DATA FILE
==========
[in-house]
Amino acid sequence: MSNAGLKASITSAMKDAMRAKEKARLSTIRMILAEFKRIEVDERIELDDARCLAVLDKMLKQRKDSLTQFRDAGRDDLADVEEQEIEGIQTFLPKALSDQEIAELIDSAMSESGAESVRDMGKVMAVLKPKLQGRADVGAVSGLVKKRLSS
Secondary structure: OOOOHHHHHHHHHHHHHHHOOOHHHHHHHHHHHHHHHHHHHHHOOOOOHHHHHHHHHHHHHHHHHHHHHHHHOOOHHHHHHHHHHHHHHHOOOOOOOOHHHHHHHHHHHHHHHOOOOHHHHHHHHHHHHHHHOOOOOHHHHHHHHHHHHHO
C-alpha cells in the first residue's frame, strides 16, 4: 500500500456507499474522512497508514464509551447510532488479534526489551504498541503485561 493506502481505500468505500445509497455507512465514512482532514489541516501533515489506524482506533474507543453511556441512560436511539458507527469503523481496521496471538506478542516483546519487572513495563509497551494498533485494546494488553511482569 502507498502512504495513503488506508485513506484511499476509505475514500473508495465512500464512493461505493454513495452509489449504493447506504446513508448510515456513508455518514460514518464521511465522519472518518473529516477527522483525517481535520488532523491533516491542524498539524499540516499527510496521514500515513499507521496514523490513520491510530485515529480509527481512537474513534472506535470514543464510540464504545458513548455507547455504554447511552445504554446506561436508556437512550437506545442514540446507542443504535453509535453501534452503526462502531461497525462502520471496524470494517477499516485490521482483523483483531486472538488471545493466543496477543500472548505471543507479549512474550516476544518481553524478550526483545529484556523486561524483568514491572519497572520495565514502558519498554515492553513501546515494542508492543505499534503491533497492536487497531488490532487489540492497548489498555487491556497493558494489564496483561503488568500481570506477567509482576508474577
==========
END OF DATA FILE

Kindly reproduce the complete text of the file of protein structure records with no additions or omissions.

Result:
[in-house]
Amino acid sequence: MSNAGLKASITSAMKDAMRAKEKARLSTIRMILAEFKRIEVDERIELDDARCLAVLDKMLKQRKDSLTQFRDAGRDDLADVEEQEIEGIQTFLPKALSDQEIAELIDSAMSESGAESVRDMGKVMAVLKPKLQGRADVGAVSGLVKKRLSS
Secondary structure: OOOOHHHHHHHHHHHHHHHOOOHHHHHHHHHHHHHHHHHHHHHOOOOOHHHHHHHHHHHHHHHHHHHHHHHHOOOHHHHHHHHHHHHHHHOOOOOOOOHHHHHHHHHHHHHHHOOOOHHHHHHHHHHHHHHHOOOOOHHHHHHHHHHHHHO
C-alpha cells in the first residue's frame, strides 16, 4: 500500500456507499474522512497508514464509551447510532488479534526489551504498541503485561 493506502481505500468505500445509497455507512465514512482532514489541516501533515489506524482506533474507543453511556441512560436511539458507527469503523481496521496471538506478542516483546519487572513495563509497551494498533485494546494488553511482569 502507498502512504495513503488506508485513506484511499476509505475514500473508495465512500464512493461505493454513495452509489449504493447506504446513508448510515456513508455518514460514518464521511465522519472518518473529516477527522483525517481535520488532523491533516491542524498539524499540516499527510496521514500515513499507521496514523490513520491510530485515529480509527481512537474513534472506535470514543464510540464504545458513548455507547455504554447511552445504554446506561436508556437512550437506545442514540446507542443504535453509535453501534452503526462502531461497525462502520471496524470494517477499516485490521482483523483483531486472538488471545493466543496477543500472548505471543507479549512474550516476544518481553524478550526483545529484556523486561524483568514491572519497572520495565514502558519498554515492553513501546515494542508492543505499534503491533497492536487497531488490532487489540492497548489498555487491556497493558494489564496483561503488568500481570506477567509482576508474577